The Super League didn’t kill football – it’s long since dead

Jock Stein’s iconic phrase, ‘football is nothing without fans’, reverberated around the world last week as plans to create a new Super League, exclusively for Europe’s elite clubs, were scrapped amidst outrage that the sport had sold its soul. At once, the people united in opposition – how dare a bank and five billionaires take our beautiful game away? And though the plan was thankfully aborted, a glaring truth remains. Football didn’t die with the Super League: it has been dead for years. Let me explain.

It’s well known that football belongs to the working class. Forged in Britain’s industrial cities, association football became a haven for working men to bond over a common cause, the shared love of their local team. Inexpensive and entertaining, spectating the sport was open to anyone with a ticket or a telly. Over the years, English football’s rising appeal has encouraged vast investment, exporting the country’s most renowned pastime to a global audience – the consequences of which have been dire for Premier League supporters.

To illustrate just how expensive the modern game is, let’s imagine ourselves as the father of a young boy, the latter of whom adores Manchester United. First, the kid is keen to watch his team every weekend on television. Where to look? Games are split between three providers and a combined subscription for Sky, BT, and Amazon costs an astonishing £858. Next, he’d like to show his support by way of a shirt. In 2018, the average Premier League kit price rose over £100 for the first time. Finally, he’s even got the nerve to ask for a ticket, and perhaps a season pass to see them live. You’re looking at £32 and £508 respectively. Eye watering stuff.

So for all this outlay, what do loyal fans get in return? Let’s see. Televised games are rife with ad breaks while fans dress in polyester billboards. Instagram feeds are filled with players promoting products while betting companies plaster their immorality all over stadiums. Consumption pervades all corners of the pitch, inevitably geared towards the Friedman economic mantra to ‘maximise stakeholder value’.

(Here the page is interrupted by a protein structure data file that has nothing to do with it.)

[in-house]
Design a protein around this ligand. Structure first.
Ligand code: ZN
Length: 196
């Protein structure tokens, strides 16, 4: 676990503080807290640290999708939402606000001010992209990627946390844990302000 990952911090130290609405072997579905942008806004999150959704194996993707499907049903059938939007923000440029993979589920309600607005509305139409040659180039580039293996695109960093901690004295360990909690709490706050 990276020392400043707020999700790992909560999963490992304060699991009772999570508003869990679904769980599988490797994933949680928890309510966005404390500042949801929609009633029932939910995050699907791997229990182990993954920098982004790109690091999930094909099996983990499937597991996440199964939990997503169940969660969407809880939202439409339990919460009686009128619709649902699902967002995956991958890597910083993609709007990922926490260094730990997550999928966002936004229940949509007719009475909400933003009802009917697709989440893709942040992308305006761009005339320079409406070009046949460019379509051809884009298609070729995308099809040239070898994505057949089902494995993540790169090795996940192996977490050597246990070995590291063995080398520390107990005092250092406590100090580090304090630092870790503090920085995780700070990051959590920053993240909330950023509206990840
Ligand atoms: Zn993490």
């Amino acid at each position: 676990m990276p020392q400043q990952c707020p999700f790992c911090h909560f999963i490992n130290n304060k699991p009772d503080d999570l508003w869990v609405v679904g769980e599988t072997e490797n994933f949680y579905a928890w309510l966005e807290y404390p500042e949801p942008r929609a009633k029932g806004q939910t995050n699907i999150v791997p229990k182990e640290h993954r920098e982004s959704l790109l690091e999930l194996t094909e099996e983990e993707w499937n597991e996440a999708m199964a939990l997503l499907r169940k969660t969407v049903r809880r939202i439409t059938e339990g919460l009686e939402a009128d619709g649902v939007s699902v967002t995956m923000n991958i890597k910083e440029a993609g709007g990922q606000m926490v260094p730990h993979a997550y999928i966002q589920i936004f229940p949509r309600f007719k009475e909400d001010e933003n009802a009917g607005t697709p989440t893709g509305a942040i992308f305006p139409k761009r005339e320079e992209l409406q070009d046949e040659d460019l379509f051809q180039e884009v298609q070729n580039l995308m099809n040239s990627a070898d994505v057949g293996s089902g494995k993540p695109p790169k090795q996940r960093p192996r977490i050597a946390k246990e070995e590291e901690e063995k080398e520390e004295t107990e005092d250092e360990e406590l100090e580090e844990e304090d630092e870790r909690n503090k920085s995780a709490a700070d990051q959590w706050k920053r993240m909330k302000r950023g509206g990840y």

Since the pandemic, fans have been absent. To compensate, providers have been scheduling games in relentless fashion. Players are exhausted and managers frustrated, while the quality of these fast-food fixtures is exactly what you’d expect – stodgy and dull. It follows, after all this mess, that the European Super League was but the next step forward for the money-making machine, aimed at generating mass revenues for ‘struggling’ billion-dollar enterprises. The idea was ironically met with outrage from UEFA, FIFA, and even Sky, all of whom were hailed as heroes, when in truth it was only threatening their status quo as profit takers. In shutting the breakaway league down, football fans were quick to recognise and oppose their own exploitation, but, unfortunately, it has gone unnoticed for years.

Perhaps the aphorism needs a slight tweak to suit the modern era – football is nothing without fans’ cash.

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